Apps of the week

Apps we think you'll want to try

Sunday is app day, and we're back with a list of applications we think are worth a closer look. We use a lot of apps, and when one rises to the top of our recently opened apps list, we like to spread the word here so that we all can give 'em the love they deserve. We've got apps designed for work and play (you can never have too much play) for everyone to check out, so check them out!

While you're at it, be sure to share your app pick of the week with everyone in the comments. There's no way we can try them all, but together we can find the must-have apps for just about everything.

Russell Holly — Offtime


As constantly connected people, there's a good chance you're no stranger to being told to unplug. Whether it's the wife batting the phone out of your hands at a restaurant, your kids climbing on you during family movie time, or you've just decided to step away from the Internet for a few hours, there's nothing wrong with unplugging. Offline is a fantastic tool for either forcing some unplug time by blocking out notifications for set periods of time or just giving you a rundown of exactly how much time you have spent on your phone today. If you have any difficulty unplugging or you're interested in some granular data on your daily usage, this free app is well worth checking out.

Andrew Martonik — Amazon Seller

Amazon Seller

I wouldn't say I'm a regular seller of items online, but when I want to offload some old gadgets or somewhat-valuable items around the house I usually end up turning to Amazon rather than eBay. Once you have an account setup it's just as easy and I tend to like the way Amazon brokers the whole thing.

After using the basic website on my desktop and struggling with the mobile view on my phone, it turns out there's actually a pretty competent Amazon Seller app for Android. It just flat out looks better than the mobile website, and while it isn't necessarily more functional you do get the added perks of notifications and a more mobile-friendly view of your active sales.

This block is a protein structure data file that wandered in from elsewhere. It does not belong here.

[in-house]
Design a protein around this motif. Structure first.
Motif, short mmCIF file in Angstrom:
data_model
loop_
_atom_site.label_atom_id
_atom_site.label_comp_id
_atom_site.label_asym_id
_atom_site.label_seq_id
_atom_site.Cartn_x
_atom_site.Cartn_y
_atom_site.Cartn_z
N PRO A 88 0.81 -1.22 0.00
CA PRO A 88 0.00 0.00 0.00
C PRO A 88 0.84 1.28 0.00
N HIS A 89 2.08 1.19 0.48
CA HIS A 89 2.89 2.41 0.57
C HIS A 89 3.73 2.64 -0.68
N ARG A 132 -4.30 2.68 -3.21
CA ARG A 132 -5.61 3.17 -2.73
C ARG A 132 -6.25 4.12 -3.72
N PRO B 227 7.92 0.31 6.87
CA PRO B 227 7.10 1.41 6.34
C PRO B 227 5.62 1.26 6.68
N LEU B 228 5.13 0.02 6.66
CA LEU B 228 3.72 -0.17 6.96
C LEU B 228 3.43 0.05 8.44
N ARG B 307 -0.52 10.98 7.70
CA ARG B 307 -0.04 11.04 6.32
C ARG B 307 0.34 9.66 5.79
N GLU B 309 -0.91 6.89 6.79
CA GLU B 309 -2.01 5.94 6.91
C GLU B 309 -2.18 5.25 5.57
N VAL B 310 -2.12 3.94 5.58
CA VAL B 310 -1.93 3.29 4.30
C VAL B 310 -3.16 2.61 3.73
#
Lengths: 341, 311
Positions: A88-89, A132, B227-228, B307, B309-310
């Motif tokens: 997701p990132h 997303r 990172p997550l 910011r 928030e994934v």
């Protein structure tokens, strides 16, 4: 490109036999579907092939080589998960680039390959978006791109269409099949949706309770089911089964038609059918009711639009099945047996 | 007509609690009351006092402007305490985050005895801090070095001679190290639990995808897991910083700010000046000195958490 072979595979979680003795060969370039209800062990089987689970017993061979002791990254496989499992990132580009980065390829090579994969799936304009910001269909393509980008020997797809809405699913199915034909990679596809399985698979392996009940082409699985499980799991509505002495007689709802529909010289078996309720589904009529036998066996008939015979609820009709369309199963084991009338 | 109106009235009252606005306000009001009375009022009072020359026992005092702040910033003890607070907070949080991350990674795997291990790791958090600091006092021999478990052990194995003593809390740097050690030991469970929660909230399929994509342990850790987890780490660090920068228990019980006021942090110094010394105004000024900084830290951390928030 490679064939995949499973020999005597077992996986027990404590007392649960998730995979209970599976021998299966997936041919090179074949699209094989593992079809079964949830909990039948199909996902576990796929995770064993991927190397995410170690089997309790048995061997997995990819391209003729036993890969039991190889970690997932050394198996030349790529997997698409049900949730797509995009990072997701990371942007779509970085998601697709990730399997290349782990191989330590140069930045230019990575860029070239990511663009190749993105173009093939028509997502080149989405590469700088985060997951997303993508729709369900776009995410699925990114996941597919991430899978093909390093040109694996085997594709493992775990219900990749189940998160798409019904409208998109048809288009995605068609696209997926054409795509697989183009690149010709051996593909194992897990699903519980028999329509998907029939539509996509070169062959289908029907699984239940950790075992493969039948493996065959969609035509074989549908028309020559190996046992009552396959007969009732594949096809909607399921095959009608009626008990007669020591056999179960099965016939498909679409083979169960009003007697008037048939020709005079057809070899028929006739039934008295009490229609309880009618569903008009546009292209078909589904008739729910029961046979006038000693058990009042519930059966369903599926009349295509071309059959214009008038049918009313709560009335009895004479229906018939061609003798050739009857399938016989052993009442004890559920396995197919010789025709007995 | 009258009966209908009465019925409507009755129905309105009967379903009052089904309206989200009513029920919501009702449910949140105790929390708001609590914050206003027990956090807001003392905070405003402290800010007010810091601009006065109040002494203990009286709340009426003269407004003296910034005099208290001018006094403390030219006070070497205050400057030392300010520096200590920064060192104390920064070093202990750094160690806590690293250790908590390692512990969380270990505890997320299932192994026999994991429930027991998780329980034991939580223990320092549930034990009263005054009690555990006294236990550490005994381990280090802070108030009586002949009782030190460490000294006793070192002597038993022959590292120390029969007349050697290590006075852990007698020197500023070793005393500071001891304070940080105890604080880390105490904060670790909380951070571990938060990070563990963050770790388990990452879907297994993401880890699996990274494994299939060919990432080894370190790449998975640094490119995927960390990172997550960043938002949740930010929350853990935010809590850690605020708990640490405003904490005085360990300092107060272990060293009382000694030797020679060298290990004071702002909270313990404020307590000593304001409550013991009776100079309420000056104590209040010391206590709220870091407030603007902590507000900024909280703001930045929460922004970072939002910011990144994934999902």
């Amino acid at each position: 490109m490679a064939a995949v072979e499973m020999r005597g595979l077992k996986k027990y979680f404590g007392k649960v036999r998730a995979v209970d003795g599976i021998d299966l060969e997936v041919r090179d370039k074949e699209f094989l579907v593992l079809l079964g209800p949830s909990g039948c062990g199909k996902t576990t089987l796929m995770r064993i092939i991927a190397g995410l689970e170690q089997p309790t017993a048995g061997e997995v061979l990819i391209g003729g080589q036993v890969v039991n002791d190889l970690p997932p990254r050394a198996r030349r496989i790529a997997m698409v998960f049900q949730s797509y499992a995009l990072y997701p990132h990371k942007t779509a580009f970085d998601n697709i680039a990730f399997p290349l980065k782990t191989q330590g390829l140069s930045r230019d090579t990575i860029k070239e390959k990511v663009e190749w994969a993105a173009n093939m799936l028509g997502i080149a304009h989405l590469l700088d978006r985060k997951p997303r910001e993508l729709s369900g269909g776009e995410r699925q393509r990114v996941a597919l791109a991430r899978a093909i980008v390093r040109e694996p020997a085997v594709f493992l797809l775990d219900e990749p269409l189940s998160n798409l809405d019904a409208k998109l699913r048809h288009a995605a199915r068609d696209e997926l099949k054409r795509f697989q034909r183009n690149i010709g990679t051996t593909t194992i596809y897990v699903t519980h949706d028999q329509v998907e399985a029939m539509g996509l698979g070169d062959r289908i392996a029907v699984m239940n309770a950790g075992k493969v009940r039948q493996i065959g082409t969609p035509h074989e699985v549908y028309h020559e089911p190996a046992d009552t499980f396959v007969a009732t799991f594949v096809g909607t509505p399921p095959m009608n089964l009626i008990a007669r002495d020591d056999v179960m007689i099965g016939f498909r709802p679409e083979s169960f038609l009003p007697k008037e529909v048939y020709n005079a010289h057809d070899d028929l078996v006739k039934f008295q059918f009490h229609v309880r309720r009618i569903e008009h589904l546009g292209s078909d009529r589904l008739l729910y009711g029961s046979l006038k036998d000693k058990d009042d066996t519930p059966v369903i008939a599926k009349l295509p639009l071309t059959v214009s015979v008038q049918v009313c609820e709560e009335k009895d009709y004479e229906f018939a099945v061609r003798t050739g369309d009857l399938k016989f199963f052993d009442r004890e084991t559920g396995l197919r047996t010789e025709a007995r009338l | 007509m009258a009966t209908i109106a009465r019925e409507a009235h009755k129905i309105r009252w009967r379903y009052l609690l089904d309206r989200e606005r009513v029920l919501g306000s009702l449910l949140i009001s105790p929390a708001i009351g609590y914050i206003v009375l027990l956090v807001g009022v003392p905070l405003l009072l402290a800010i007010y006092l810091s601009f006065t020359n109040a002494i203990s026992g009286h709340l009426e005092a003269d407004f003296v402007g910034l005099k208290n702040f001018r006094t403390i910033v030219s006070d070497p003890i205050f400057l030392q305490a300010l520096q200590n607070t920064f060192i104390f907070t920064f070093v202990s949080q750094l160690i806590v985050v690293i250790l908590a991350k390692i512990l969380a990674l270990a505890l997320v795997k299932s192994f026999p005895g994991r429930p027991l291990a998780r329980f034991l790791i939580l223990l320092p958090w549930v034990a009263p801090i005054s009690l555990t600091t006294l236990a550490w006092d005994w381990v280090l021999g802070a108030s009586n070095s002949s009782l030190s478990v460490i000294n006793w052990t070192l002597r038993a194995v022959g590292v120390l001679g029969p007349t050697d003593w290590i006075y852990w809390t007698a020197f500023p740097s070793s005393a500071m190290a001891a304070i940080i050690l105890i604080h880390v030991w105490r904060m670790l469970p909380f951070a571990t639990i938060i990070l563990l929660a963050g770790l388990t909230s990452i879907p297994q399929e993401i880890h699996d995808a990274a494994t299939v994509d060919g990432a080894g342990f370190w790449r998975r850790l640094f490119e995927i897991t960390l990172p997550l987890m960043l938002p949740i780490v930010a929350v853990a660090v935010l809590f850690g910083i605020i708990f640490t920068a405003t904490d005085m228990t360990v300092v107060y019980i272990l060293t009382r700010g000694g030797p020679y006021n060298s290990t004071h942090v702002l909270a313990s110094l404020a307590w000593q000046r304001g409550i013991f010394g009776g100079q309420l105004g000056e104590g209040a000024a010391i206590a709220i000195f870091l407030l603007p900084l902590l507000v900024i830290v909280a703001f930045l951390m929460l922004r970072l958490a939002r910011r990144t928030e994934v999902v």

You can manage your inventory, refresh sales, post items for sale and importantly keep track of messages with your buyers. It may be a bit overkill for the occasional seller on Amazon, but it definitely helps me with the process whenever I'm selling something.

Phil Nickinson — Clash of Clans

Clash of Clans

You can't escape Clash of Clans. It's got friggin' prime-time commercials. (Which actually are pretty good.) I didn't want to start playing this. I know it's a big play for in-app purchases. But I also know how much my eldest daughter is enjoying it. And so I've started playing, too. And she says if I work hard enough and build up my clan, she'll let me play with her, too.

So I got that going for me. Which is nice.

Ara Wagoner — Celtx Script


Once upon a time, there was a lowly film student, who dreamed of something more...

Back when I was an RTVF major in college, I maxed out on my screenwriting classes and I spent hours writing said screenplays on my laptop in a handy little program called Celtx. Celtx was the first app I paid for in Android Market, using the promotional credit that came with my Nexus 7 2012. The app went free sometime last year, but I'm not sorry I unloaded five bucks on it back then. I got my money's worth, especially as the app has evolved and integrated more current design guidelines.

Now, Celtx is something not a lot of users need, but if you're dreaming of selling the screenplay based on your hopes and dreams to a big studio for big bucks, you can do much worse than Celtx, which also has formatting for stage plays, radio shows, and books. Free cloud storage for your work is also hard to pass up, especially when Celtx has a web editor and programs for Windows, Mac, and Linux.

Now, if you'll excuse me, I'll be off writing about malware that absorbs an advanced AI and sets about literally blowing up the world's infrastructure.

Jerry Hildenbrand — PlayStation App


We've talked about the Microsoft SmartGlass app(s) before, but there is also a great Android app for your PlayStation.

The app gives you basic control of your PlayStation (for example when watching a BluRay or something on Netflix), "Second-Screen" features like viewing the maps while playing Battlefield 4, and of course, full access to the PlayStation store so you can buy something on your phone and have it start downloading to your PS4 right away. You also have quick access to manuals and troubleshooting guides. But the "must-have" reasons for using the app if you have a PlayStation are the social features.

You can keep track of your friends status and their trophies, but the real jewel (and why I recommend it this week) is the PSN chat features. When you're knee deep in bodies and looking for ammo, the last thing you want or need is a notification telling you to press the PS button because you have a message. Shut all that off on your console, and do it right from the PlayStation App. Your K/D ratio will thank you.